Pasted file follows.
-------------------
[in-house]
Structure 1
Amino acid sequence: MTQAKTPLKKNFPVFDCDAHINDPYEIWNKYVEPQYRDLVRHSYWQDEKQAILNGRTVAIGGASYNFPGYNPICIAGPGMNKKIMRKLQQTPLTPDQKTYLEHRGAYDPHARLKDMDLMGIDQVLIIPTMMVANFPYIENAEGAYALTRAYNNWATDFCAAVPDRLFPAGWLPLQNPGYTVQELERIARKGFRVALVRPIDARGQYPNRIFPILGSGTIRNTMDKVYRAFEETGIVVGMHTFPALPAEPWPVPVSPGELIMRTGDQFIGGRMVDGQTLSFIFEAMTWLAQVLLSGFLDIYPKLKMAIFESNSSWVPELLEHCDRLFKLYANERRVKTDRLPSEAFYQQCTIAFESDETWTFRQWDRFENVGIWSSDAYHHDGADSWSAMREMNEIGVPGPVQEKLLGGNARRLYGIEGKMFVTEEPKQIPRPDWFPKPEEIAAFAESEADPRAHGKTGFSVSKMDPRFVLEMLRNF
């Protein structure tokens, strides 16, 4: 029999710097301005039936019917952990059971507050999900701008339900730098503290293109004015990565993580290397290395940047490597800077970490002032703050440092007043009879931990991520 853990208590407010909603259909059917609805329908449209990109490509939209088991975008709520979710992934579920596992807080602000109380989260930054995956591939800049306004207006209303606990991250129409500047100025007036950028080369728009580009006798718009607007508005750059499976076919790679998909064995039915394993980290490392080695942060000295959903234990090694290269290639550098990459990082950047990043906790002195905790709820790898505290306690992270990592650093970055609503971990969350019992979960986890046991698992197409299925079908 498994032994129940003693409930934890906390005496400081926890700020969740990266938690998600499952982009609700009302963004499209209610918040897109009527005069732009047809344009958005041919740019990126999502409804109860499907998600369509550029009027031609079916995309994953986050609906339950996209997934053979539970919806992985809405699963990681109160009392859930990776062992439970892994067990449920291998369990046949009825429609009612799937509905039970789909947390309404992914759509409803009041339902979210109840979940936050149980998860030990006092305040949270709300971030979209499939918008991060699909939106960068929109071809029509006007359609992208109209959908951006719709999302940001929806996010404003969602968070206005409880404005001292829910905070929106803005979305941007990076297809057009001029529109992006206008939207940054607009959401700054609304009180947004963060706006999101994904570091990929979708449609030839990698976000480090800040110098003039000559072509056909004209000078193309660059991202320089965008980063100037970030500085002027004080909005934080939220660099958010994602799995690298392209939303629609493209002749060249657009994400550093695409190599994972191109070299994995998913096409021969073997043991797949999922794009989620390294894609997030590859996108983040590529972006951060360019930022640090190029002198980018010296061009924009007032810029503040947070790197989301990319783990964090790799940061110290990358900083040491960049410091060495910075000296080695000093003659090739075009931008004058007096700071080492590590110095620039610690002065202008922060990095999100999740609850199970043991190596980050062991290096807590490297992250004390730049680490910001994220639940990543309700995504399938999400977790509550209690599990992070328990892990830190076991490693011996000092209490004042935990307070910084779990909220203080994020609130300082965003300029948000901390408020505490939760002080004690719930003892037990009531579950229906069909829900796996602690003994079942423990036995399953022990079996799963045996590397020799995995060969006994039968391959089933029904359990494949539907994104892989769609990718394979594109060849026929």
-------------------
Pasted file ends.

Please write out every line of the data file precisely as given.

[in-house]
Structure 1
Amino acid sequence: MTQAKTPLKKNFPVFDCDAHINDPYEIWNKYVEPQYRDLVRHSYWQDEKQAILNGRTVAIGGASYNFPGYNPICIAGPGMNKKIMRKLQQTPLTPDQKTYLEHRGAYDPHARLKDMDLMGIDQVLIIPTMMVANFPYIENAEGAYALTRAYNNWATDFCAAVPDRLFPAGWLPLQNPGYTVQELERIARKGFRVALVRPIDARGQYPNRIFPILGSGTIRNTMDKVYRAFEETGIVVGMHTFPALPAEPWPVPVSPGELIMRTGDQFIGGRMVDGQTLSFIFEAMTWLAQVLLSGFLDIYPKLKMAIFESNSSWVPELLEHCDRLFKLYANERRVKTDRLPSEAFYQQCTIAFESDETWTFRQWDRFENVGIWSSDAYHHDGADSWSAMREMNEIGVPGPVQEKLLGGNARRLYGIEGKMFVTEEPKQIPRPDWFPKPEEIAAFAESEADPRAHGKTGFSVSKMDPRFVLEMLRNF
């Protein structure tokens, strides 16, 4: 029999710097301005039936019917952990059971507050999900701008339900730098503290293109004015990565993580290397290395940047490597800077970490002032703050440092007043009879931990991520 853990208590407010909603259909059917609805329908449209990109490509939209088991975008709520979710992934579920596992807080602000109380989260930054995956591939800049306004207006209303606990991250129409500047100025007036950028080369728009580009006798718009607007508005750059499976076919790679998909064995039915394993980290490392080695942060000295959903234990090694290269290639550098990459990082950047990043906790002195905790709820790898505290306690992270990592650093970055609503971990969350019992979960986890046991698992197409299925079908 498994032994129940003693409930934890906390005496400081926890700020969740990266938690998600499952982009609700009302963004499209209610918040897109009527005069732009047809344009958005041919740019990126999502409804109860499907998600369509550029009027031609079916995309994953986050609906339950996209997934053979539970919806992985809405699963990681109160009392859930990776062992439970892994067990449920291998369990046949009825429609009612799937509905039970789909947390309404992914759509409803009041339902979210109840979940936050149980998860030990006092305040949270709300971030979209499939918008991060699909939106960068929109071809029509006007359609992208109209959908951006719709999302940001929806996010404003969602968070206005409880404005001292829910905070929106803005979305941007990076297809057009001029529109992006206008939207940054607009959401700054609304009180947004963060706006999101994904570091990929979708449609030839990698976000480090800040110098003039000559072509056909004209000078193309660059991202320089965008980063100037970030500085002027004080909005934080939220660099958010994602799995690298392209939303629609493209002749060249657009994400550093695409190599994972191109070299994995998913096409021969073997043991797949999922794009989620390294894609997030590859996108983040590529972006951060360019930022640090190029002198980018010296061009924009007032810029503040947070790197989301990319783990964090790799940061110290990358900083040491960049410091060495910075000296080695000093003659090739075009931008004058007096700071080492590590110095620039610690002065202008922060990095999100999740609850199970043991190596980050062991290096807590490297992250004390730049680490910001994220639940990543309700995504399938999400977790509550209690599990992070328990892990830190076991490693011996000092209490004042935990307070910084779990909220203080994020609130300082965003300029948000901390408020505490939760002080004690719930003892037990009531579950229906069909829900796996602690003994079942423990036995399953022990079996799963045996590397020799995995060969006994039968391959089933029904359990494949539907994104892989769609990718394979594109060849026929």